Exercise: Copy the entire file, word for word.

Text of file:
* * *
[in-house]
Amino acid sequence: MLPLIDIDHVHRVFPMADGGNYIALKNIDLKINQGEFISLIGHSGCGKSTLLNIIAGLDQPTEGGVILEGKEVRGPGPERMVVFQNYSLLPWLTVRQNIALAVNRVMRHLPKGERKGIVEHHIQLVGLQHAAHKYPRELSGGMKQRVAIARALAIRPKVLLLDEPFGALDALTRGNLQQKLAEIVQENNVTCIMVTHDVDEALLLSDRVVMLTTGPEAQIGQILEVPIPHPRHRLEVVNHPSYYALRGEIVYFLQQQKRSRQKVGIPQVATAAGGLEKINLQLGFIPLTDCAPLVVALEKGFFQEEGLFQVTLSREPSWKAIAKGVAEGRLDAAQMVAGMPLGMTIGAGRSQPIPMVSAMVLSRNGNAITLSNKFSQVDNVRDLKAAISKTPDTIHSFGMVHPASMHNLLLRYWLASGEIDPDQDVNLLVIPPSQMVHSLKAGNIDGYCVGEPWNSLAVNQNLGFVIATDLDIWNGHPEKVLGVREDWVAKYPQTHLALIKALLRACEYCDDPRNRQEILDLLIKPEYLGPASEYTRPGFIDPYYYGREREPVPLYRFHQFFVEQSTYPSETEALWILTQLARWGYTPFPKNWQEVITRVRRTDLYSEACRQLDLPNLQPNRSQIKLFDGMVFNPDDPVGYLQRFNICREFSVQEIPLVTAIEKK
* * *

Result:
[in-house]
Amino acid sequence: MLPLIDIDHVHRVFPMADGGNYIALKNIDLKINQGEFISLIGHSGCGKSTLLNIIAGLDQPTEGGVILEGKEVRGPGPERMVVFQNYSLLPWLTVRQNIALAVNRVMRHLPKGERKGIVEHHIQLVGLQHAAHKYPRELSGGMKQRVAIARALAIRPKVLLLDEPFGALDALTRGNLQQKLAEIVQENNVTCIMVTHDVDEALLLSDRVVMLTTGPEAQIGQILEVPIPHPRHRLEVVNHPSYYALRGEIVYFLQQQKRSRQKVGIPQVATAAGGLEKINLQLGFIPLTDCAPLVVALEKGFFQEEGLFQVTLSREPSWKAIAKGVAEGRLDAAQMVAGMPLGMTIGAGRSQPIPMVSAMVLSRNGNAITLSNKFSQVDNVRDLKAAISKTPDTIHSFGMVHPASMHNLLLRYWLASGEIDPDQDVNLLVIPPSQMVHSLKAGNIDGYCVGEPWNSLAVNQNLGFVIATDLDIWNGHPEKVLGVREDWVAKYPQTHLALIKALLRACEYCDDPRNRQEILDLLIKPEYLGPASEYTRPGFIDPYYYGREREPVPLYRFHQFFVEQSTYPSETEALWILTQLARWGYTPFPKNWQEVITRVRRTDLYSEACRQLDLPNLQPNRSQIKLFDGMVFNPDDPVGYLQRFNICREFSVQEIPLVTAIEKK